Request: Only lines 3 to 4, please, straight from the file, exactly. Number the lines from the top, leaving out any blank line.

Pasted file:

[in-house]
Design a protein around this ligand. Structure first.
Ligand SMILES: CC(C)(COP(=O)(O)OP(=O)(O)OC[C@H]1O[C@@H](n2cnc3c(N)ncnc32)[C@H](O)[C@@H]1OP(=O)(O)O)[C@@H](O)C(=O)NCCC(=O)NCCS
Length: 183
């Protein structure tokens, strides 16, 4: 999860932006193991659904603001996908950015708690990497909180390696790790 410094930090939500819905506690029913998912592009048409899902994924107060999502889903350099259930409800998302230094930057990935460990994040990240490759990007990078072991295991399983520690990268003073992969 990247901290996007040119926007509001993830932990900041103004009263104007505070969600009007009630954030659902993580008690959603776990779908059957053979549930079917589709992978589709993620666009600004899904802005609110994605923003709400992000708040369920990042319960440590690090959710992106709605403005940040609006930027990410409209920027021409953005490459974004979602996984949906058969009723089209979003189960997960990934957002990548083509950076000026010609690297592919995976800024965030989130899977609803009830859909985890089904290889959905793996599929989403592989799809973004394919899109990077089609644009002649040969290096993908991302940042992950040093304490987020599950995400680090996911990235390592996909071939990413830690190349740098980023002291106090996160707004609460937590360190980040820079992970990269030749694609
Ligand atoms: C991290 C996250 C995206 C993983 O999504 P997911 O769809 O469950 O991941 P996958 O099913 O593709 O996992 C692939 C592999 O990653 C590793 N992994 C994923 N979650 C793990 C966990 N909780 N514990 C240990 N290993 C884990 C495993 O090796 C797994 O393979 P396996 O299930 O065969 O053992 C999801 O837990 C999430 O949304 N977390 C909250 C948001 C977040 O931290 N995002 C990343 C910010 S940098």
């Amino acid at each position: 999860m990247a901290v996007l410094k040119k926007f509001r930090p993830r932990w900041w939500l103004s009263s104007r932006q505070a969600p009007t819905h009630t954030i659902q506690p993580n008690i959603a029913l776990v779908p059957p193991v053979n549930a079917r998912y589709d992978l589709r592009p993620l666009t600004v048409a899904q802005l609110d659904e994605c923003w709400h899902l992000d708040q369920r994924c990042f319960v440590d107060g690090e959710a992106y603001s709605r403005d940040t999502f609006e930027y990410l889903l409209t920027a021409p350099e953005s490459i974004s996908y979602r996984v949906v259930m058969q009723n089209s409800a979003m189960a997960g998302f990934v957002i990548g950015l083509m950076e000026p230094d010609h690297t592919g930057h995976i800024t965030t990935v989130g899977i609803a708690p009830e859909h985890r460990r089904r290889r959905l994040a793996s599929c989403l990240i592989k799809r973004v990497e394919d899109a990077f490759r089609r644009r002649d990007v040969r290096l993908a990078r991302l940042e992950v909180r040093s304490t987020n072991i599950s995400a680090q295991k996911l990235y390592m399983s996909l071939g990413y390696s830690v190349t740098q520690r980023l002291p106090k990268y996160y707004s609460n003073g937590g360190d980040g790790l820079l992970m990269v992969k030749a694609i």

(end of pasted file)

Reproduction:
Ligand SMILES: CC(C)(COP(=O)(O)OP(=O)(O)OC[C@H]1O[C@@H](n2cnc3c(N)ncnc32)[C@H](O)[C@@H]1OP(=O)(O)O)[C@@H](O)C(=O)NCCC(=O)NCCS
Length: 183